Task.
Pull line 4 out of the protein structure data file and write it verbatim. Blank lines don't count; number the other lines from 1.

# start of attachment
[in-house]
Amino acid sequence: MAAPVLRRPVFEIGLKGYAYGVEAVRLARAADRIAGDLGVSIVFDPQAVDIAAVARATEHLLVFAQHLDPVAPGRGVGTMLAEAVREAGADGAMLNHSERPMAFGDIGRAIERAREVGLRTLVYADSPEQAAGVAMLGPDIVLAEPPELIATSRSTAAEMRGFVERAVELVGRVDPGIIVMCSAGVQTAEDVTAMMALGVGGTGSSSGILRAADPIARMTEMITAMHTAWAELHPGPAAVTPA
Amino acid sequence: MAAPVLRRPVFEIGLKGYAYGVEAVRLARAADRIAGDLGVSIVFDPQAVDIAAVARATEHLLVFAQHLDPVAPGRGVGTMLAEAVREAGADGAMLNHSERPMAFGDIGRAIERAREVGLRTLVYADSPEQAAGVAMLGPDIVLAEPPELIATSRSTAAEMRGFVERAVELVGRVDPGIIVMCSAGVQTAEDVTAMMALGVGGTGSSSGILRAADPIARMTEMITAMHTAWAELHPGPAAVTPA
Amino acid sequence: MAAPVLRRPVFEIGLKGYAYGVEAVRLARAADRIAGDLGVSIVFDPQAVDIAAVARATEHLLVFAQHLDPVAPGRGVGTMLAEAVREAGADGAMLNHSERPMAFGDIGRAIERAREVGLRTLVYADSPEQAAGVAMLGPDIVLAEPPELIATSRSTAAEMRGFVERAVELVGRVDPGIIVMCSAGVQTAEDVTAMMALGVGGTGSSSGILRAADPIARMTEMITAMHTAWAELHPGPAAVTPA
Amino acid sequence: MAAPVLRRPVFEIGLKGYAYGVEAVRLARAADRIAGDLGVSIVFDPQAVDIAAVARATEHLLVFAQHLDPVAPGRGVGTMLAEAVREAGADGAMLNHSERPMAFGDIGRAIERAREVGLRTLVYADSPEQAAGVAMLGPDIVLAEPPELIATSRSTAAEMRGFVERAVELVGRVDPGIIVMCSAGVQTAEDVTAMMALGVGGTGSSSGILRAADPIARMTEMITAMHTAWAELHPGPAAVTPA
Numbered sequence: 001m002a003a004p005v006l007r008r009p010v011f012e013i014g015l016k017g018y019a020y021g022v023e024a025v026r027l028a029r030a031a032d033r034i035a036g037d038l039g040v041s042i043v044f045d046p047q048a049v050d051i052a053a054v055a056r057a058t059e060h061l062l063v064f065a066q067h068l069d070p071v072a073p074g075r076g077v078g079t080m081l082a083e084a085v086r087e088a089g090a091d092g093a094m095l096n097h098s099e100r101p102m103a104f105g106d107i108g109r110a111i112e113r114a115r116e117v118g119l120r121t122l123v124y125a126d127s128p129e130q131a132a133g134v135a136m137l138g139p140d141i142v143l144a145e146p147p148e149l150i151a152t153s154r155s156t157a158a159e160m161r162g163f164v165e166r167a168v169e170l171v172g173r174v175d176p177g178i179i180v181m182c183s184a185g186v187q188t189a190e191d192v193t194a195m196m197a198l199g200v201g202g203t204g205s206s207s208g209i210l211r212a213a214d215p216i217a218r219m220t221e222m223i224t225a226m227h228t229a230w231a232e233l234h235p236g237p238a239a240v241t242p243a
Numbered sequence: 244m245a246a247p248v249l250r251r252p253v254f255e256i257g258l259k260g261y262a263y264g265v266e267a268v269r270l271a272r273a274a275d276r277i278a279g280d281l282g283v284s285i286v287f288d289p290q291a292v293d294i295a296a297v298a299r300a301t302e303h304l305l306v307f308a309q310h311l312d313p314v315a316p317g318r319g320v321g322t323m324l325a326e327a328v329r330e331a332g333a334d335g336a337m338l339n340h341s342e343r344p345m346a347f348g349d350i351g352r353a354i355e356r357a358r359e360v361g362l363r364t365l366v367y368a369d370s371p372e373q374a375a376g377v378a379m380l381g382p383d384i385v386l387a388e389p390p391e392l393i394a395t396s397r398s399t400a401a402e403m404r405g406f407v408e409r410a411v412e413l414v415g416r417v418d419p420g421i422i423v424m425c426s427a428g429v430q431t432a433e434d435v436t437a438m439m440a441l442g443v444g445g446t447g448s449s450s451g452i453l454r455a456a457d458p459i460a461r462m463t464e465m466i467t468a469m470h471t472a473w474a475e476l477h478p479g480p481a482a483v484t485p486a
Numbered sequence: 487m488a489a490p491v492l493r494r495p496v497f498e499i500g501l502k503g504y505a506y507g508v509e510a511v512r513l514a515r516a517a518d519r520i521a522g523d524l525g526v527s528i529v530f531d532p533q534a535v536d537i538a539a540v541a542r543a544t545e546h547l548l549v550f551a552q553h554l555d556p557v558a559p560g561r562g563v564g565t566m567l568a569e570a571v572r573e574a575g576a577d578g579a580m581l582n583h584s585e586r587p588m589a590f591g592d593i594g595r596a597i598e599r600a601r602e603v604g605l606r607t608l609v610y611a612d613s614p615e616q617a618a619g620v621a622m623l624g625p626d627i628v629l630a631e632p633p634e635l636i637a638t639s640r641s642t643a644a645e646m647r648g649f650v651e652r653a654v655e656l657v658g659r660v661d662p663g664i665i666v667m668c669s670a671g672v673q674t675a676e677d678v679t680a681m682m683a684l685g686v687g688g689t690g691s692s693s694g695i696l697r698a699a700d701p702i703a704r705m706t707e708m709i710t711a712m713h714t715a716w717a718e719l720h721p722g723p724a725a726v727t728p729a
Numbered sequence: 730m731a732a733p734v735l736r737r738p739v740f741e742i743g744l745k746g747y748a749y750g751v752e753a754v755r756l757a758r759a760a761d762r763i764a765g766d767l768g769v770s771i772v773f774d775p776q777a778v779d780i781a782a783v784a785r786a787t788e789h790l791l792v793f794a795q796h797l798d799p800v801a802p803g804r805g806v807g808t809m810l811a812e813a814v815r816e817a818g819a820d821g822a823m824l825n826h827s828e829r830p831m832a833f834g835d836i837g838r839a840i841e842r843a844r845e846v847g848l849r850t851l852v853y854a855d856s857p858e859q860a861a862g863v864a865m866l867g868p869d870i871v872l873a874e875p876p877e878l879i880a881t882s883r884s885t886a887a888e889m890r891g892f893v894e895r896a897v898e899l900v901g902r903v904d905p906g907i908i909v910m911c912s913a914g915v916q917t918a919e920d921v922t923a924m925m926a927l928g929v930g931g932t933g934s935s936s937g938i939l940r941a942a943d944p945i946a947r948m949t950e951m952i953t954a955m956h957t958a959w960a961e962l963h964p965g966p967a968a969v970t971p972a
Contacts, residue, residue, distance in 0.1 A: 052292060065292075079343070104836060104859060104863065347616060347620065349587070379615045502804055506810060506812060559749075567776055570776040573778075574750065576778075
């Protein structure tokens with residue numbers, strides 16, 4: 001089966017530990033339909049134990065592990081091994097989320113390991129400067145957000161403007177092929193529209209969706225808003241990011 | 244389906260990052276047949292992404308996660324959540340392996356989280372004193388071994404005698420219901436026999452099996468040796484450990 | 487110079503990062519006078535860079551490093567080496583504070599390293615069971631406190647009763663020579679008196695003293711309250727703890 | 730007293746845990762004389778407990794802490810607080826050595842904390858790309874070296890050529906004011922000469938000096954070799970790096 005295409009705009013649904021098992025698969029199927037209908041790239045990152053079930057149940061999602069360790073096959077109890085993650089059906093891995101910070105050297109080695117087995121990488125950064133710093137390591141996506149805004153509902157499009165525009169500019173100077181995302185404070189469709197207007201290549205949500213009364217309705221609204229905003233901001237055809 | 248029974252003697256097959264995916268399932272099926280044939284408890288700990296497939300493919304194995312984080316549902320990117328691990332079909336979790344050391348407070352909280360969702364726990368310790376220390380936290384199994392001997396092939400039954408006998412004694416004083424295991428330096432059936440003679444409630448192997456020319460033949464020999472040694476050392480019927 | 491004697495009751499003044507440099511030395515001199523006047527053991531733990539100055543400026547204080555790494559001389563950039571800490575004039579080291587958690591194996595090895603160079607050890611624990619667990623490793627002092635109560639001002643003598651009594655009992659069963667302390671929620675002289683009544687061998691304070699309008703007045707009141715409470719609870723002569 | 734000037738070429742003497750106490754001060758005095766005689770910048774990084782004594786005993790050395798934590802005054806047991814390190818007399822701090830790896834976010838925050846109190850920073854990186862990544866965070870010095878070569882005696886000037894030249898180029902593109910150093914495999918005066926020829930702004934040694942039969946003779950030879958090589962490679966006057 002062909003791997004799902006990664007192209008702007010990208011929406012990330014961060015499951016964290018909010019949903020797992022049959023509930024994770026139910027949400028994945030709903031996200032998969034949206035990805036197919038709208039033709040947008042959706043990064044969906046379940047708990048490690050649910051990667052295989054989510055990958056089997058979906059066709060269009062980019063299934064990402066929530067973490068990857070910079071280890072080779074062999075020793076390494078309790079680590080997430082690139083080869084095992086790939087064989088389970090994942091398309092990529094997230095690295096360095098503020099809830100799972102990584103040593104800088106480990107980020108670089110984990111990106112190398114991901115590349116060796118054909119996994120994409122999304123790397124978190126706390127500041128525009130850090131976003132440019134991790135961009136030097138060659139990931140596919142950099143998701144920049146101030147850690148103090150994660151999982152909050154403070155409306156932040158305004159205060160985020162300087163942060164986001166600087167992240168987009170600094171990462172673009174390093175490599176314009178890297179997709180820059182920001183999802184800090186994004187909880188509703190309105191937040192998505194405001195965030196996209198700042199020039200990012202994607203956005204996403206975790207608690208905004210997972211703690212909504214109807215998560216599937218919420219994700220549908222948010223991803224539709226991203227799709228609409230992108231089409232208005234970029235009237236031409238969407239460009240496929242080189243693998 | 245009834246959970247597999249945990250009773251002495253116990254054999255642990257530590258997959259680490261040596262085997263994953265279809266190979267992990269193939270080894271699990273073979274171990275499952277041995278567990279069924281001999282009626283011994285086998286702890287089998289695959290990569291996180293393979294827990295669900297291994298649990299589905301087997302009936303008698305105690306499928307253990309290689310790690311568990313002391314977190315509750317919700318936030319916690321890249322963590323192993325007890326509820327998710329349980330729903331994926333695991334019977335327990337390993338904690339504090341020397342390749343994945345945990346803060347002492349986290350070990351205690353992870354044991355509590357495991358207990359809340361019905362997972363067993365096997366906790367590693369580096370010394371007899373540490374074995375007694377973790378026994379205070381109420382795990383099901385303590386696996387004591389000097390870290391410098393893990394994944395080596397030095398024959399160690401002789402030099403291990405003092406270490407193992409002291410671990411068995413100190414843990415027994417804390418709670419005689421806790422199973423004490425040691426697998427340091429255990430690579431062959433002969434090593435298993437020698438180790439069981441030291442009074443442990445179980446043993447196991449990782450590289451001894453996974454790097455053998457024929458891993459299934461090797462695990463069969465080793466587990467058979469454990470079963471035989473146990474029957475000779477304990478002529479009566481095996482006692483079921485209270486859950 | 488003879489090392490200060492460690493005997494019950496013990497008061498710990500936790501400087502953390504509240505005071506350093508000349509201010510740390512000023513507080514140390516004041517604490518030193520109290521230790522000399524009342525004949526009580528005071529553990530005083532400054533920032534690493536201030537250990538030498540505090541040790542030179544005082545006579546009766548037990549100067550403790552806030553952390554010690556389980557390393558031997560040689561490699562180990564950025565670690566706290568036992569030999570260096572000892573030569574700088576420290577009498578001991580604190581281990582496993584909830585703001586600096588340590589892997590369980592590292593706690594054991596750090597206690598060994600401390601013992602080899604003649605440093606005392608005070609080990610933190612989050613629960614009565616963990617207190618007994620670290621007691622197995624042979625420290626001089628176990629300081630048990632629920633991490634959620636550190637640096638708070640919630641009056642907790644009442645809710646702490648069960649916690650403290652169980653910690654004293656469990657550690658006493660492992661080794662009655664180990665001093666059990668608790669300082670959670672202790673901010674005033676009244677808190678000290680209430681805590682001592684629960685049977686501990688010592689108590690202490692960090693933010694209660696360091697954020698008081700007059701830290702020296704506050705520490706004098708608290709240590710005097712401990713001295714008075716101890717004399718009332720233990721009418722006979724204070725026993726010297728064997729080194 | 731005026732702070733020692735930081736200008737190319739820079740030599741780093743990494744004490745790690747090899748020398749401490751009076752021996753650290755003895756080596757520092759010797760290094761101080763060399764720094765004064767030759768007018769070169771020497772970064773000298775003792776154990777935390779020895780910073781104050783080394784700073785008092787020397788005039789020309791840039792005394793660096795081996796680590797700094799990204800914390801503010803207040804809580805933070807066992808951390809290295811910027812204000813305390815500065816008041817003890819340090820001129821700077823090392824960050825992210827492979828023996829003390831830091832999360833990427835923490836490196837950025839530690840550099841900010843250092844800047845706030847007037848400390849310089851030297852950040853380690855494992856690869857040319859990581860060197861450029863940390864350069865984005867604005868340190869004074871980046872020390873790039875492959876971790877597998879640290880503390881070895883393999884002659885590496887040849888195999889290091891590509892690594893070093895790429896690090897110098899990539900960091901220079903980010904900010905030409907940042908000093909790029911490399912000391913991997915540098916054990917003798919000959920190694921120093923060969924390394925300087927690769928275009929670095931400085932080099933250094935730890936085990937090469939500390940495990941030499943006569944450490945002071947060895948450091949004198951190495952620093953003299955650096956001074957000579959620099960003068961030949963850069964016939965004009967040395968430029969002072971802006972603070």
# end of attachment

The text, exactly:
Amino acid sequence: MAAPVLRRPVFEIGLKGYAYGVEAVRLARAADRIAGDLGVSIVFDPQAVDIAAVARATEHLLVFAQHLDPVAPGRGVGTMLAEAVREAGADGAMLNHSERPMAFGDIGRAIERAREVGLRTLVYADSPEQAAGVAMLGPDIVLAEPPELIATSRSTAAEMRGFVERAVELVGRVDPGIIVMCSAGVQTAEDVTAMMALGVGGTGSSSGILRAADPIARMTEMITAMHTAWAELHPGPAAVTPA